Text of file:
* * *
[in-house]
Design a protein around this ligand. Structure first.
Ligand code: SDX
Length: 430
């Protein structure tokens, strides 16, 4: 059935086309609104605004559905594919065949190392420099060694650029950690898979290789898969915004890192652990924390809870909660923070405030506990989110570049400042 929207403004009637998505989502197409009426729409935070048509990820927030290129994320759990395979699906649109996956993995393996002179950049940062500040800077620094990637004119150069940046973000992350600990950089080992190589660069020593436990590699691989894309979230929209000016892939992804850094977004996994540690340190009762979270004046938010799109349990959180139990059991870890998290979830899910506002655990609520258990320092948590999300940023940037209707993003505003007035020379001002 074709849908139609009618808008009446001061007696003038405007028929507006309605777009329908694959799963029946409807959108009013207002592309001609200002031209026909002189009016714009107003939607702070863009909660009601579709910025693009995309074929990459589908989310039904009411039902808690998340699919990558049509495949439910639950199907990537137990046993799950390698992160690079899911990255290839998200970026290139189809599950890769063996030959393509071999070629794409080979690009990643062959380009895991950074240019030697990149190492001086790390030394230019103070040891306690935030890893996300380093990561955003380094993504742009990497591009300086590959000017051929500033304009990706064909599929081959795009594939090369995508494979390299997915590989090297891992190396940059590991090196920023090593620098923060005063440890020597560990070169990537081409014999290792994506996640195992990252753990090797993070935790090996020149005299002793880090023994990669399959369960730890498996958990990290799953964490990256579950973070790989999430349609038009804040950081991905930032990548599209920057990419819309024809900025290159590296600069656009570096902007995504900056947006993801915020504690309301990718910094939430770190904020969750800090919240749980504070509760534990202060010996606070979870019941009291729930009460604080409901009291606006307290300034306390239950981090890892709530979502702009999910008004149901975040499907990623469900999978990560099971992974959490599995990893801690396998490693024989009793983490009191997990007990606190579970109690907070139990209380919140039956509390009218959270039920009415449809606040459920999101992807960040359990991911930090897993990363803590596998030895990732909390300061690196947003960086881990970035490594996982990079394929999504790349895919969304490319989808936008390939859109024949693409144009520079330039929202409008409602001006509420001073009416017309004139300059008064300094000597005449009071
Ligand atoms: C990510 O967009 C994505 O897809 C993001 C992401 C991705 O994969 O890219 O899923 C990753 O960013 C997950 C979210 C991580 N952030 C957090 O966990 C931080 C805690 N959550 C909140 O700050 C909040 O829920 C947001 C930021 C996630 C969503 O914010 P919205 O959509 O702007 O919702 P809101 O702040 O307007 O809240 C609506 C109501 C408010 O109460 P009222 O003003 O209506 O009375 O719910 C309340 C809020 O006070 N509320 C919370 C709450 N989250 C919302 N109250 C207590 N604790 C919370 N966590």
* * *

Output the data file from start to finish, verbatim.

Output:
[in-house]
Design a protein around this ligand. Structure first.
Ligand code: SDX
Length: 430
């Protein structure tokens, strides 16, 4: 059935086309609104605004559905594919065949190392420099060694650029950690898979290789898969915004890192652990924390809870909660923070405030506990989110570049400042 929207403004009637998505989502197409009426729409935070048509990820927030290129994320759990395979699906649109996956993995393996002179950049940062500040800077620094990637004119150069940046973000992350600990950089080992190589660069020593436990590699691989894309979230929209000016892939992804850094977004996994540690340190009762979270004046938010799109349990959180139990059991870890998290979830899910506002655990609520258990320092948590999300940023940037209707993003505003007035020379001002 074709849908139609009618808008009446001061007696003038405007028929507006309605777009329908694959799963029946409807959108009013207002592309001609200002031209026909002189009016714009107003939607702070863009909660009601579709910025693009995309074929990459589908989310039904009411039902808690998340699919990558049509495949439910639950199907990537137990046993799950390698992160690079899911990255290839998200970026290139189809599950890769063996030959393509071999070629794409080979690009990643062959380009895991950074240019030697990149190492001086790390030394230019103070040891306690935030890893996300380093990561955003380094993504742009990497591009300086590959000017051929500033304009990706064909599929081959795009594939090369995508494979390299997915590989090297891992190396940059590991090196920023090593620098923060005063440890020597560990070169990537081409014999290792994506996640195992990252753990090797993070935790090996020149005299002793880090023994990669399959369960730890498996958990990290799953964490990256579950973070790989999430349609038009804040950081991905930032990548599209920057990419819309024809900025290159590296600069656009570096902007995504900056947006993801915020504690309301990718910094939430770190904020969750800090919240749980504070509760534990202060010996606070979870019941009291729930009460604080409901009291606006307290300034306390239950981090890892709530979502702009999910008004149901975040499907990623469900999978990560099971992974959490599995990893801690396998490693024989009793983490009191997990007990606190579970109690907070139990209380919140039956509390009218959270039920009415449809606040459920999101992807960040359990991911930090897993990363803590596998030895990732909390300061690196947003960086881990970035490594996982990079394929999504790349895919969304490319989808936008390939859109024949693409144009520079330039929202409008409602001006509420001073009416017309004139300059008064300094000597005449009071
Ligand atoms: C990510 O967009 C994505 O897809 C993001 C992401 C991705 O994969 O890219 O899923 C990753 O960013 C997950 C979210 C991580 N952030 C957090 O966990 C931080 C805690 N959550 C909140 O700050 C909040 O829920 C947001 C930021 C996630 C969503 O914010 P919205 O959509 O702007 O919702 P809101 O702040 O307007 O809240 C609506 C109501 C408010 O109460 P009222 O003003 O209506 O009375 O719910 C309340 C809020 O006070 N509320 C919370 C709450 N989250 C919302 N109250 C207590 N604790 C919370 N966590």